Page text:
Several faculty addressed the likely cuts to adjunct employees resulting from the impending budget cuts, protesting that the services of long time, devoted part time faculty were being targeted. A Bronx C. C. Faculty member observed that the cuts in the adjunct budget at the very time when enrollment was increasing clearly meant a diminution of quality teaching.

The texts of the speakers’ presentations will eventually be available electronically and are public knowledge.

Sandi E. Cooper, Chair
University Faculty Senate — CUNY

Gay Marriage Bill Nearing a Vote in New York!

Dear Commons Community,

The gay marriage vote is nearing a showdown in New York. To recap where we are. New York would be the sixth and the most populous state to legalize same-sex marriage. The measure that would make gay marriage legal, introduced by Governor Andrew Cuomo, is currently one vote shy of passage in the state Senate. The state Assembly approved the bill by a wide margin last week, and today (Monday) is the last day of the legislative session before summer recess.

A major opponent of the bill is New York’s Archbishop, Timothy Dolan, who reiterated his and the Catholic Church’s opposition to gay marriage on Sunday, vowing to oppose “any radical bill to redefine the very essence of marriage.” Maureen Dowd commented yesterday in her NY Times column that: “Certainly his effort to kill the gay marriage bill, just one vote away from passing in Albany, shows a lot of gall. The archbishop has been ferocious in fighting against marriage between same-sex couples, painting it as a perversity against nature.”

The most cutting comment from Dowd is: “If only his [Dolan’s] church had been as ferocious in fighting against the true perversity against nature: the unending horror of pedophile priests and the children who trusted them.



My Dad!

Dear Commons Community,

On this Father’s Day, I remember my dad, Amadeo, who died in 1973 at the age of 64.    He was born and raised in Brooklyn and met my mother, Philomena, in the early 1930s.  For most of his life, he worked very hard in the warehouses on 12th Avenue in Manhattan.  When he came home from work, he was totally exhausted, had dinner and would fall asleep on the couch for the rest of the evening.  He never owned a car and never had a vacation other than visiting relatives on Long island.  Our big treat for the year was a day trip to Coney Island.    We lived with aunts, uncles, and cousins in my grandmother’s house in the South Bronx on 152nd Street and Morris Avenue.   There was never a lack of love or attention for me and my two brothers as we were growing up.  One thing my father encouraged which was most important for the three of us was that school was important and we had to go to college.  We did.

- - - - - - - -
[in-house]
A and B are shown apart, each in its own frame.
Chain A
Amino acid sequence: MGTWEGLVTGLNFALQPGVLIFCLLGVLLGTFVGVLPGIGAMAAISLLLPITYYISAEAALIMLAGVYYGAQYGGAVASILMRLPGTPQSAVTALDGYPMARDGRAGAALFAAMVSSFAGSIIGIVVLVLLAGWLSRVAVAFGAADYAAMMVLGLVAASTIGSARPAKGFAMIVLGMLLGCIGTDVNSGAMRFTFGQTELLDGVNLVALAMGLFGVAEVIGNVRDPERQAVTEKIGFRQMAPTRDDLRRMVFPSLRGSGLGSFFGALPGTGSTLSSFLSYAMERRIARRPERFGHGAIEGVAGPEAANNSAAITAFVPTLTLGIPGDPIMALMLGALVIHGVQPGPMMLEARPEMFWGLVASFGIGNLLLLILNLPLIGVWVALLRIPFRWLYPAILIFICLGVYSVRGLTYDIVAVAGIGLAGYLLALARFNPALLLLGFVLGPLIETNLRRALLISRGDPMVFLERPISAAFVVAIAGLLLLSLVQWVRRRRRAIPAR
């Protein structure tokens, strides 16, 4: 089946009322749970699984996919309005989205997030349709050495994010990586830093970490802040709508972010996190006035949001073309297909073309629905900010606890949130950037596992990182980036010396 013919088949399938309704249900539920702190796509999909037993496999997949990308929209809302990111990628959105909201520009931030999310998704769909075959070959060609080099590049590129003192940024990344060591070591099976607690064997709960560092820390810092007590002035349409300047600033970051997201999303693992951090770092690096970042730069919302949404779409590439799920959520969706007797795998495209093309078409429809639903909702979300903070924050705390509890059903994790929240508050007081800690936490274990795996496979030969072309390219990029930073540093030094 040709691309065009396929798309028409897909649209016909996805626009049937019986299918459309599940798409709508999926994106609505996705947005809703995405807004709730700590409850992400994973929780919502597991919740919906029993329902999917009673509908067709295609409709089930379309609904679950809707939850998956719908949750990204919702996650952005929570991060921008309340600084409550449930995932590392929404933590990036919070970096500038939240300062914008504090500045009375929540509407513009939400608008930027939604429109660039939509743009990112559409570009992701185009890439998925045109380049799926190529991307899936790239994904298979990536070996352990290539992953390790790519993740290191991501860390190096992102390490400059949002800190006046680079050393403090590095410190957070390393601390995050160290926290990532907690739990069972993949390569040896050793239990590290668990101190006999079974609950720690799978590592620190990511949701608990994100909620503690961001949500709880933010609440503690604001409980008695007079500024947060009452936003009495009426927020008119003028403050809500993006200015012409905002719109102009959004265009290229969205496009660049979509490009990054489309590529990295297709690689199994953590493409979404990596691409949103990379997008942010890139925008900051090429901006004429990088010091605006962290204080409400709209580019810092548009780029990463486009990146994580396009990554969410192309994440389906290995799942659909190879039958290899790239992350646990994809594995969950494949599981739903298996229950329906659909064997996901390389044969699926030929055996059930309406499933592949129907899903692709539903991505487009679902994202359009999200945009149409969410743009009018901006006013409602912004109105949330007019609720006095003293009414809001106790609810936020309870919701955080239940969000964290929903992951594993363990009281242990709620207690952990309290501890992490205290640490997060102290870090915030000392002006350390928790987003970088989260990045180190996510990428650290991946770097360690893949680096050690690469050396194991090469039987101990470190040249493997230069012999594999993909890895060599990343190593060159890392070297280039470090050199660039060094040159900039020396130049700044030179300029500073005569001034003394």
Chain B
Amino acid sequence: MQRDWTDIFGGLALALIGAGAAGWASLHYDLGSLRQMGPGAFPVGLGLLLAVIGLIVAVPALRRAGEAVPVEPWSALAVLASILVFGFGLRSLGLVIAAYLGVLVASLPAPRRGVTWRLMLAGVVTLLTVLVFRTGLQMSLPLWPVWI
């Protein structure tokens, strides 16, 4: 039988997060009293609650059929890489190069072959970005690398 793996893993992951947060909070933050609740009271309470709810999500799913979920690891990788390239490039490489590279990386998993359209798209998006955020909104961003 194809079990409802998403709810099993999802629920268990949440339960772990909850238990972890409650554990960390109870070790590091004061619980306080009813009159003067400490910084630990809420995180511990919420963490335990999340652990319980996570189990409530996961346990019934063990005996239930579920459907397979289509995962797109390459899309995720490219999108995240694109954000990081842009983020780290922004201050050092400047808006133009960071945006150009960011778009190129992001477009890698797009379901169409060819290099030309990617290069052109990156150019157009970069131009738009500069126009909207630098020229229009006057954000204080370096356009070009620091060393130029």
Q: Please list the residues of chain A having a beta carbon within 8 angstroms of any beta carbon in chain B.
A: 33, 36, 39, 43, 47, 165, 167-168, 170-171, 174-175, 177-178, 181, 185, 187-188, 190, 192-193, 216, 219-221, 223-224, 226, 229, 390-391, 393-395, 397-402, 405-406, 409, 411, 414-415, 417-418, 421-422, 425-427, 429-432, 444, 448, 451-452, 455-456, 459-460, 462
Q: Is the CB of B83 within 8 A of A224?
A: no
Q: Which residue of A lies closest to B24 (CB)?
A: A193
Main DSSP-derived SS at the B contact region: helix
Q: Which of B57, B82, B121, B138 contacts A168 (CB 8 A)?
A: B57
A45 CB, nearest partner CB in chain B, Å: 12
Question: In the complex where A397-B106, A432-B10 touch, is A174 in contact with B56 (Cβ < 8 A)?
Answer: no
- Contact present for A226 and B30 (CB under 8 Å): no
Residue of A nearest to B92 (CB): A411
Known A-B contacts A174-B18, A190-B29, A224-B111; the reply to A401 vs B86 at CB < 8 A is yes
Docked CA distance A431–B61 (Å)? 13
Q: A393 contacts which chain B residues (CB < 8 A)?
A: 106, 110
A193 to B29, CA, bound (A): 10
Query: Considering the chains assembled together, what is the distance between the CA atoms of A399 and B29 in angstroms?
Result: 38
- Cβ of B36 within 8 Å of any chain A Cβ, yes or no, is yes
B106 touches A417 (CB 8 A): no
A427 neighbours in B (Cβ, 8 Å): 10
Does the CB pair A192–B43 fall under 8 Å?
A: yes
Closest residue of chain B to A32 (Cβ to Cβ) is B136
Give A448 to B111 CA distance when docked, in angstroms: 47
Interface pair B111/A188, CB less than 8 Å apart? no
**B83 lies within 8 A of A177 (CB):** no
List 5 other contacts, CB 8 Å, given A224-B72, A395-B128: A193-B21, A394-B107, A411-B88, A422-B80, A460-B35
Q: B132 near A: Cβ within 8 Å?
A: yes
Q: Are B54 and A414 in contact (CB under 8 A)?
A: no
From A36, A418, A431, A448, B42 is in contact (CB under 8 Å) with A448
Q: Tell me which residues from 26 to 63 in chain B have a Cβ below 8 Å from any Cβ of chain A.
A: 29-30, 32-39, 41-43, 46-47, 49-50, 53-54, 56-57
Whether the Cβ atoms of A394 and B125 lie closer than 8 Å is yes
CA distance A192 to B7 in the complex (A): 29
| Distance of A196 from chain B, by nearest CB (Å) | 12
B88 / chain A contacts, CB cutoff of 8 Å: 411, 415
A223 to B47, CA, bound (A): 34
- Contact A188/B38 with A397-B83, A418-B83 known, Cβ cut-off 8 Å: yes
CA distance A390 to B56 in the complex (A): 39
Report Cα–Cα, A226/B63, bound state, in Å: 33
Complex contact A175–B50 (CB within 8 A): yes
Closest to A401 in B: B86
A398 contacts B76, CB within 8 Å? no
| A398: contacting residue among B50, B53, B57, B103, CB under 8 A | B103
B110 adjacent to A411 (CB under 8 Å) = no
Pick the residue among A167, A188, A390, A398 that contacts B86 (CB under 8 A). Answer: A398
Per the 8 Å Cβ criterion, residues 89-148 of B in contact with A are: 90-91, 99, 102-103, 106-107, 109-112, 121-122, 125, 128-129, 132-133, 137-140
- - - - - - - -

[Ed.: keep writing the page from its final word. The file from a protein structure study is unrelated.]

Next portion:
Thank you, Dad!


Reading at the Beach!

Dear Commons Community,

My wife, Elaine, and I are getting ready for our two-week vacation on Nantucket.  Beach house, surf, sand and a lot of summer reading.  Below is a short piece from the NY Times that asks the important question:  Can you actually read at the beach?


A Book at the Beach!

Beach season is upon us, which means that lists of summer beach reading have begun to appear. They include books that are fat and credential-building, books that are fat and breezy, and books that Bertie Wooster would be reading if he were going to the South of France. The lists lead to an important question. Can you actually read at the beach? Or do you merely hold a book before your face as a blind for better beach-watching?

We have trouble reading at the beach. The sun moves. The wind tugs at the page as though it has finished it sooner than we have. Condiments and ice cream drip on the cover. One dip in the ocean and seawater, from still wet hands and knees, seeps into the pages.

This is why we loved the old mass-market paperbacks. They were cheap, dispensable, and at the beach they swelled up like the pulp they were. When dried, they never regained their shape. They looked forever like beach reading.

And then there is the new challenge of beach reading on an electronic apparatus. There are few things worse for an iPad, Kindle, Nook or Kobo than sand, salt spray and suntan lotion. On the beach, some of these appliances work better as a rear-view mirror than a reading device.

Our approach is to leave them home and go looking through the attic for an old Mickey Spillane. And if there are seals or surfers, dogs with Frisbees, shorebirds or tide pools, even sailboats in the distance, even that gets set aside. It’s enough if there are merely other people on the beach. We recline in the shade, hidden behind sunglasses, and watch America at ease on a soon to be summer day.

CUNY’s New Gen Ed Proposal – Website!

Dear Commons Community,

Manfred Philipp, our colleague at Lehman College and past chair of the University Faculty Senate, has sent out an email alerting us to the Board of Trustees pending actions vis-a-vis general education requirements.  A  website is available that provides a  recap of the new Gen Ed proposal as well as resolutions from a number of CUNY faculty governing bodies and the Professional Staff Congress.   CUNY’s Board of Trustees deliberations will be watched as it moves closer to voting on this important issue.  Beyond general education and college transfer policies, at stake are shared governance prerogatives in matters of academic policy and curricula.  See my previous posts on this issue.